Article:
John Kerry gets real by Marjorie Arons-Barron

The entry below is crossed post from Marjorie Arons-Barron’s own blog.

Something is happening with John Kerry. The state’s senior senator seems to be finding his real voice. He is coming across as authentic, not usually a word traditionally associated with him. Maybe losing the Presidency in 2004 has freed him to speak out without seeming to weigh the political consequences of each and every word and action.

Take Wednesday’s op ed piece in the Washington Post. He blasts (2012) presidential candidate Mitt Romney for opposing the new Strategic Arms Reduction Treaty (START) with Russia. Kerry notes that, “Even in these polarized times, anyone seeking the presidency should know that the security of the United States is too important to be treated as fodder for political posturing.” He cites strong Republican support from Richard Lugar, Ranking Republican on the Senate Foreign Relations Committee, which Kerry chairs. He also notes Republican Henry Kissinger’s support of this new START treaty.
And then, with more than a little tongue in cheek, Kerry writes “I have nothing against Massachusetts politicians running for president. But the world’s most important elected office carries responsibilities, including the duty to check your facts even if you’re in a footrace to the right against Sarah Palin. More than that, you need to understand that when it comes to nuclear danger, the nation’s security is more important than scoring cheap political points.”

Kerry has forcefully defended the President’s recess appointment of Donald Berwick to head Medicare and Medicaid, calling out the Republicans’ hypocrisy and even standing up to his Finance Committee Chairman,  Max Baucus (D-MT).
E.J. Dionne also notes that Kerry has changed. Dionne wrote, “One of the strangest lead sentences I have ever encountered appeared in Politico last week.It read: “John Kerry has been the most aggressive advocate of climate change legislation in the Senate this year — so aggressive that it’s rubbed some of his colleagues the wrong way.” So there you have it: Once criticized for being too aloof and patrician, Kerry is now being assailed for daring to have passion for the cause of reducing the amount of carbon we are pumping into the atmosphere.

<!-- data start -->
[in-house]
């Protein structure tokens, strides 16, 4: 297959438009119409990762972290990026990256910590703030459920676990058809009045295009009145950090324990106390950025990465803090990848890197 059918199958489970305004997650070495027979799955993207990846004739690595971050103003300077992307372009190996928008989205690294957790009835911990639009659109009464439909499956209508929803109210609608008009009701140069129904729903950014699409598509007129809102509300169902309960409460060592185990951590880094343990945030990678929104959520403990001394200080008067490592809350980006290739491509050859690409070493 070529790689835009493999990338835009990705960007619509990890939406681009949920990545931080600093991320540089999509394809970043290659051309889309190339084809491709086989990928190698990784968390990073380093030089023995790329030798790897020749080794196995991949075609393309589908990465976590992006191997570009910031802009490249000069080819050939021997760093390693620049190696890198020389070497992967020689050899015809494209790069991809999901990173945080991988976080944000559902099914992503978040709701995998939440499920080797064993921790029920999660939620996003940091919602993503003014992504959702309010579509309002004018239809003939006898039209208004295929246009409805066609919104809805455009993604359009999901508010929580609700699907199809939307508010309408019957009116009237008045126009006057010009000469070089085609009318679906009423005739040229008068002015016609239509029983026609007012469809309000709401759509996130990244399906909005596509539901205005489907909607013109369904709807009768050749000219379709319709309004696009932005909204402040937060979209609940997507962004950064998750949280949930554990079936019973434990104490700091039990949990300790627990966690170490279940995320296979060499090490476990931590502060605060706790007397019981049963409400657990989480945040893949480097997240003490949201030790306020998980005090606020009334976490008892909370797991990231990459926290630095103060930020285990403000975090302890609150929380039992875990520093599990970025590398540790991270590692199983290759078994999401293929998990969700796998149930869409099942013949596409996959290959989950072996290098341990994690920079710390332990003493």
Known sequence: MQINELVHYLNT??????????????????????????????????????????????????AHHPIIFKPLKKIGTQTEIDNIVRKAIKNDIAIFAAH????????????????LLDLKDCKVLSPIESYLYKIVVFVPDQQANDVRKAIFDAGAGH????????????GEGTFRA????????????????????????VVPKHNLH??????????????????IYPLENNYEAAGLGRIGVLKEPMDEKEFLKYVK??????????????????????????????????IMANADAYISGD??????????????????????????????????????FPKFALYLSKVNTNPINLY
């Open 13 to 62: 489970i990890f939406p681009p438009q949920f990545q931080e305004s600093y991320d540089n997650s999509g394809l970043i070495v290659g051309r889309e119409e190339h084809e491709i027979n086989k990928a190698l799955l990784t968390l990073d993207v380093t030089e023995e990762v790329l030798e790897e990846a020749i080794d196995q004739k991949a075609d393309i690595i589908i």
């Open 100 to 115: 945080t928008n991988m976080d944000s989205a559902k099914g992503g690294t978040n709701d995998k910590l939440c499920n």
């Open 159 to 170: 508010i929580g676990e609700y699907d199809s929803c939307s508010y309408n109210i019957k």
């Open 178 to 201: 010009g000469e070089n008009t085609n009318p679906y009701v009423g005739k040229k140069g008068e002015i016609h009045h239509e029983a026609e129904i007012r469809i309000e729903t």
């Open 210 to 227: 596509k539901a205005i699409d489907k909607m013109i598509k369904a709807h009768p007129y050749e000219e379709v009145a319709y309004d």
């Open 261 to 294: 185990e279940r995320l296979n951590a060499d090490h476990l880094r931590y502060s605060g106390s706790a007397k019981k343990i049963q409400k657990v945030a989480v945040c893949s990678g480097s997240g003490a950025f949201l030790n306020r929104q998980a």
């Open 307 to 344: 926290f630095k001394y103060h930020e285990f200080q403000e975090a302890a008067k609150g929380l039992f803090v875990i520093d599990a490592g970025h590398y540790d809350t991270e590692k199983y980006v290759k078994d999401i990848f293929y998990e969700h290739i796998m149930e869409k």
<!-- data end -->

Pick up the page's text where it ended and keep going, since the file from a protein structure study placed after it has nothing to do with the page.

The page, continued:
“Note that none of this is about the legislative merits. Kerry is being criticized for caring too much about an issue and not thinking enough about an election — for being insufficiently opportunistic and unprincipled.”

You gotta love it.

I even am charmed by Kerry’s sending out a message to his email list (as reported in the Boston Globe to encourage their support of Kevin Youkilis for the all-star team. Once I would have found it totally contrived to be political. Now I just get a sense that Kerry is enjoying himself and comfortable enough in his skin to be playful. Besides, Youk certainly is worthy of that slot. And it does mean that Kerry isn’t afraid to alienate supporters of NY Yankees outfielder Nick Swisher.

Full disclosure: a lifetime ago, John Kerry was a panelist on Five on Five, a weekly public affairs discussion program I did for WCVB-TV,Channel 5. But, even after three years of working together, the connection, while cordial, has never been close. I often felt his every move was calculated to advance himself politically. Now I get the sense the John Kerry has hit his stride, and the result, (dare I say it?), is likable! You go, John.

– Please let me know your thoughts in the comments section below

5 Responses to John Kerry gets real by Marjorie Arons-Barron

  1. gb says:

    Let’s face it, no matter how much you complain, these politicians do not really care. All they care about is getting reelected. When Adolph Hitler began to squeeze Germany with his grip of control, all the artist-types fled the country. Besides traditional artists, many great thinkers, top business leaders, scientists, and educators fled as well (including Albert Einstein, who fled to America in 1932). With this new wave of socialism, ushered in by Barack Obama and his comrades (Jon Tester and Max Baucus are clearly a socialists based on their support of Leader Obama and his socialist programs), and the general downfall of American tradition, I think you will see more people fleeing America.

  2. Brian Flaherty says:

    “Even in these polarized times, anyone seeking the presidency should know that the security of the United States is too important to be treated as fodder for political posturing.”

    Hello Pot, meet Kettle

  3. Jack Mitchell says:

    I’ve often wondered if Kerry & Kennedy had not brokered a deal. As Ted had moved past his Presidential aspirations, he stayed “stateside,” securing domion over constituent services and the praise of Bay Staters. Kerry, it seemed, focused his eye on the White House and the Beltway. This formed a schism between him and those that lifted him to the office he held.

    That is not to say I ever felt Kerry was arrogant. Aloof, yes, but in an effort to give Ted the state for himself.

    Since Ted is gone, I have marveled at Kerry picking up the slack. In August of 2009, Kerry promised to do his best. I feel he has done so, admirably.